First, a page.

It has been speculated that the "Shaman" or Medicine person was the first in the tribal community to utilize the euphoric and stimulating power of burning tobacco. Some archaeologists contend that the first form of pipe might have been a "cloud blower" type pipe used by a "Shaman" in performing certain rituals. Tribal medicine persons were knowledgeable of the medicinal benefits of certain barks, herbs and roots.

Obviously, smoking played a special part in burial rites. A number of pipes have been discovered with human internment as well as surface finds. The most illustrious example is the famous cache of artistically carved effigy pipes discovered at the Tremper Mound site in Scioto County, Ohio. In the mid 1800's these particular artifacts were purchased by the Blackwell Museum in London, England. These examples depicting the finest stone age carving ever discovered in North America remain in that repository. The tubular pipe was the first type of smoking instrument in prehistoric North America. Since it was crafted of hard quartzites or diorite, it was seldom decorated or intricately carved. As ancient craftsmen developed greater artistic expression, materials were selected that adapt to decorating more easily. As the application of pipe smoking continued, material such as limestone, sandstone, slate, chlorite, serpentine, steatite, and pipestone was selected.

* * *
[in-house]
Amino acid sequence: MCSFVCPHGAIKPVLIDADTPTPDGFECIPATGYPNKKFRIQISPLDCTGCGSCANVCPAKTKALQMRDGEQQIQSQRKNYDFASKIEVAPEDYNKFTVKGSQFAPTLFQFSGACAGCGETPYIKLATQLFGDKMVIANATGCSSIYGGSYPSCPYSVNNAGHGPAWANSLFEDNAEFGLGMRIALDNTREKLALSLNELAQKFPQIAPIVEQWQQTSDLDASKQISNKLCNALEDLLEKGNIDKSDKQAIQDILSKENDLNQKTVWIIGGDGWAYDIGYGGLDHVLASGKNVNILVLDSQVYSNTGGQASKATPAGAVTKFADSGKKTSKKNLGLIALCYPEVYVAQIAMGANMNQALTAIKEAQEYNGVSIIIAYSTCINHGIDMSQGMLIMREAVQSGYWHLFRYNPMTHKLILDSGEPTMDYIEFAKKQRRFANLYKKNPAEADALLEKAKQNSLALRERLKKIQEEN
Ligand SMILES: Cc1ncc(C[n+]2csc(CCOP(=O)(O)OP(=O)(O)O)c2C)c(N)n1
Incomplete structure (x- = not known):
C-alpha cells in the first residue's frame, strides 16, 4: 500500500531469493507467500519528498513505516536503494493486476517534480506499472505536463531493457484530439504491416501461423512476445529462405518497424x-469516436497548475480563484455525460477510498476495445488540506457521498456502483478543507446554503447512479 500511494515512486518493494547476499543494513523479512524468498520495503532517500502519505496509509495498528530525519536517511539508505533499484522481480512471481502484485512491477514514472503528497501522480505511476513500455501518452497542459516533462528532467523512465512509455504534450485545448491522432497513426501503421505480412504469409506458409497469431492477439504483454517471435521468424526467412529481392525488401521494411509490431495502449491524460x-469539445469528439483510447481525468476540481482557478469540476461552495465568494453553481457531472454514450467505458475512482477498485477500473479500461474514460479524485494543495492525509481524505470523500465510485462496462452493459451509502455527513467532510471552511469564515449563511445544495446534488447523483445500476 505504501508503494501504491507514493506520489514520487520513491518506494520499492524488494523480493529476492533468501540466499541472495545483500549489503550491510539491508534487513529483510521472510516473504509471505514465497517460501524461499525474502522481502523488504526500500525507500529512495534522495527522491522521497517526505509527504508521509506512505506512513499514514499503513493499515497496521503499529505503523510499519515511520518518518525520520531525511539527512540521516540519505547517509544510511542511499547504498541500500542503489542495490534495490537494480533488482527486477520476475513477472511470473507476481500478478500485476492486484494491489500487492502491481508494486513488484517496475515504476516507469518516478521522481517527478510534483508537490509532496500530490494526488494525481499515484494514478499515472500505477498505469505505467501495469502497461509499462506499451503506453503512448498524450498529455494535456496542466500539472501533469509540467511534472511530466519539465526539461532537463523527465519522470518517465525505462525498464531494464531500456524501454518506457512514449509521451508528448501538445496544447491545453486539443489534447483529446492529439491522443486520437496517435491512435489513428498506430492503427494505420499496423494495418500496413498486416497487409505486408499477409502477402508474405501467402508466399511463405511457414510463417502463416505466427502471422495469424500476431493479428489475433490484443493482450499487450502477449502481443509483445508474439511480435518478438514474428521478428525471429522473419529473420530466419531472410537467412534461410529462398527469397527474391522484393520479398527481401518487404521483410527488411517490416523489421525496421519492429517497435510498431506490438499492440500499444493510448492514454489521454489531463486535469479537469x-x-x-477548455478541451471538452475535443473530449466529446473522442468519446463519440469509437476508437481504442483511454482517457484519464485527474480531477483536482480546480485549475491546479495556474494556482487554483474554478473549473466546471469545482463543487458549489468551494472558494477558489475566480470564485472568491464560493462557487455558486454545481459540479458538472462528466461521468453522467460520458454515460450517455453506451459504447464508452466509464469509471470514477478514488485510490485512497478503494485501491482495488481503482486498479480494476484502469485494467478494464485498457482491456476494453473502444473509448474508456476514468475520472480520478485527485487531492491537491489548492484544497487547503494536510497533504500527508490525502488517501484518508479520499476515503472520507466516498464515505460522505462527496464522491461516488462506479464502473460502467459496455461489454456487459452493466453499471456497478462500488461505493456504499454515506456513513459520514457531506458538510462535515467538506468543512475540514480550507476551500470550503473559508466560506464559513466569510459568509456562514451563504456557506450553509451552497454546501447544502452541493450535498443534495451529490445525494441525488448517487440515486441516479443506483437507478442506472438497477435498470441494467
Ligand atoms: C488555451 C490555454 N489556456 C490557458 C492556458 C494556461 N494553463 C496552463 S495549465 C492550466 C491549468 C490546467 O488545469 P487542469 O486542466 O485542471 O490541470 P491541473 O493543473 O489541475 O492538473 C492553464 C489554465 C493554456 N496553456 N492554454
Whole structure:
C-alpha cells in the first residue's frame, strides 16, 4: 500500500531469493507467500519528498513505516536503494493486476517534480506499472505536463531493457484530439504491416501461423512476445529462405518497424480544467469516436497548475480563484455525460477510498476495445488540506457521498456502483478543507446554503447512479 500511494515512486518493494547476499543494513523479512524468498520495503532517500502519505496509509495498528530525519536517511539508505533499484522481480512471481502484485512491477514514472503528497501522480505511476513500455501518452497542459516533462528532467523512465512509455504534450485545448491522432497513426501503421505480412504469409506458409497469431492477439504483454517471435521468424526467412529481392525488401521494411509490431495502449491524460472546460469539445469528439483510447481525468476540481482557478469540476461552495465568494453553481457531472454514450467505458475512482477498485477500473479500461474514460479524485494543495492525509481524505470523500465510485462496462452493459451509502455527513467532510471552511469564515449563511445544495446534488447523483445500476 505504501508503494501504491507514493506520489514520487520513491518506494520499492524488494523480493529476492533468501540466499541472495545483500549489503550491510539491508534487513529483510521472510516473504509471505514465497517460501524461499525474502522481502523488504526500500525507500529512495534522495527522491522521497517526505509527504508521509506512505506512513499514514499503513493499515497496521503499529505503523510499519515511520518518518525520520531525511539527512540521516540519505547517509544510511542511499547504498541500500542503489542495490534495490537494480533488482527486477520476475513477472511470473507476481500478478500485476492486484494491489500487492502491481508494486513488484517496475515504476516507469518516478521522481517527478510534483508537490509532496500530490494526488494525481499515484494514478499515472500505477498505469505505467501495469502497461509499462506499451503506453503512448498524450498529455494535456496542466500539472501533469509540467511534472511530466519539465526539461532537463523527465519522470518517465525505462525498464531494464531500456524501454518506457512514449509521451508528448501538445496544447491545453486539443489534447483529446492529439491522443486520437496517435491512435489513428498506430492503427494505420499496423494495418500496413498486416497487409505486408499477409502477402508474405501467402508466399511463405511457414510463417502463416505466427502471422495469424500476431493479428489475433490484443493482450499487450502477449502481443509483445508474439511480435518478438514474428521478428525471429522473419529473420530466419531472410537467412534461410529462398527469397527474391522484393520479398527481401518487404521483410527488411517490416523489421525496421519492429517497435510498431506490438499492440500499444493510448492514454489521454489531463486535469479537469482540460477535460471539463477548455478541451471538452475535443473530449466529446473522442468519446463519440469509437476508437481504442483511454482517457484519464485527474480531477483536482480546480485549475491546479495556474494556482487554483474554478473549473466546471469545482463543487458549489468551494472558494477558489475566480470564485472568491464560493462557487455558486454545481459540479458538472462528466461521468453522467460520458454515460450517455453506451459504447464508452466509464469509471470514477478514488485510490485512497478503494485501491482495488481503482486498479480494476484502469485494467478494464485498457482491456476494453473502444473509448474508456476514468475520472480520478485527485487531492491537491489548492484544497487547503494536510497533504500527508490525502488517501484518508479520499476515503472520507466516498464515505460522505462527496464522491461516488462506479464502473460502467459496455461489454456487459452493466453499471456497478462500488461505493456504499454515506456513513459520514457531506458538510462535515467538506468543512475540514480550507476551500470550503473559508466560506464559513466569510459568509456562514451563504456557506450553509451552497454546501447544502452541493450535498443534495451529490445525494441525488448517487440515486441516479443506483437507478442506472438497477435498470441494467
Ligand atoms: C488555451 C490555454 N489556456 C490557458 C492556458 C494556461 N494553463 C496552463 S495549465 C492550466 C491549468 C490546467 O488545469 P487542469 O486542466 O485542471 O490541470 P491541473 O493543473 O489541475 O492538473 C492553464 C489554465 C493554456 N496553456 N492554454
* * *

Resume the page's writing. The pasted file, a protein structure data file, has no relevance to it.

Innovations were introduced as the use of smoking continued. Often a small hollow bone served as a supplemental mouthpiece. And by placing a round pebble in the stem end of the tube pipe, potential inhalation of the smoking substance was reduced.

The size and type of smoking apparatuses is infinite. Some pipes are small enough to be concealed in the human hand. Others like the biconical tubes and Great pipes have been discovered exceeding 21" in length and weighing as much as 10 pounds or more.

The study of pipes and smoking instruments is perhaps the most fascinating of all prehistoric artifacts. But many replicas of yesterday are now today's antiques, and those have absolutely no genuiness or authenticity!

Facts about Fakes
Pg.56; No.2 Vol.V, 1970 "The Redskin"

If you think those who are making "Fakes" are doing it just for fun think again. The only reason someone makes fake anything is for the primary purpose of separating you from your hard earned money.